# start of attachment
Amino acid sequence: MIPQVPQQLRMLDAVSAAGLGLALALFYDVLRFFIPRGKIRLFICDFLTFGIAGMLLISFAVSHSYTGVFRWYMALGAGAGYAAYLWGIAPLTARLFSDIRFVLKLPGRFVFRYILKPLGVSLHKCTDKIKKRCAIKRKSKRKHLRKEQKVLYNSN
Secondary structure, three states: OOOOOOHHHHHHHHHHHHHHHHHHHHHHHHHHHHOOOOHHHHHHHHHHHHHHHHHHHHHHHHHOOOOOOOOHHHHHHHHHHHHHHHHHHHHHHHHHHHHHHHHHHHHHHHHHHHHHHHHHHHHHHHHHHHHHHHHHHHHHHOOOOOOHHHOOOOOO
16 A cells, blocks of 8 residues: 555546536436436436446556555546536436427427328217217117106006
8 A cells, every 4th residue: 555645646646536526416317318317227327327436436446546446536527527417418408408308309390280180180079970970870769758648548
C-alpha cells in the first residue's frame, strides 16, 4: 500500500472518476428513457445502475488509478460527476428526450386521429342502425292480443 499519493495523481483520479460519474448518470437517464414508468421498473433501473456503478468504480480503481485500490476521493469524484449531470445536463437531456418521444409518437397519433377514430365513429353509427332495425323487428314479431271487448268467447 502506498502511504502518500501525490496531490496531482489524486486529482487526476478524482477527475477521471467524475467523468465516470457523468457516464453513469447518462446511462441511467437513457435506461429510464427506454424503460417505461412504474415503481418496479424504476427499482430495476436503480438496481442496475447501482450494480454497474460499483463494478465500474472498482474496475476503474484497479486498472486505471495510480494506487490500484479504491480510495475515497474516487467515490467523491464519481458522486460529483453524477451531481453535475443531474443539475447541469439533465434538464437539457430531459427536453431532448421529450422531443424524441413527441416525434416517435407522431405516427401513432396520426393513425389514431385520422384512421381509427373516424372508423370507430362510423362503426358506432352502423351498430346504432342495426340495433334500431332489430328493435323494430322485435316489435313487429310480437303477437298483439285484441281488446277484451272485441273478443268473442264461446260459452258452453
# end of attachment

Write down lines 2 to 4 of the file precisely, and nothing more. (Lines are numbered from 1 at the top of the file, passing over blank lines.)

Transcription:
Secondary structure, three states: OOOOOOHHHHHHHHHHHHHHHHHHHHHHHHHHHHOOOOHHHHHHHHHHHHHHHHHHHHHHHHHOOOOOOOOHHHHHHHHHHHHHHHHHHHHHHHHHHHHHHHHHHHHHHHHHHHHHHHHHHHHHHHHHHHHHHHHHHHHHHOOOOOOHHHOOOOOO
16 A cells, blocks of 8 residues: 555546536436436436446556555546536436427427328217217117106006
8 A cells, every 4th residue: 555645646646536526416317318317227327327436436446546446536527527417418408408308309390280180180079970970870769758648548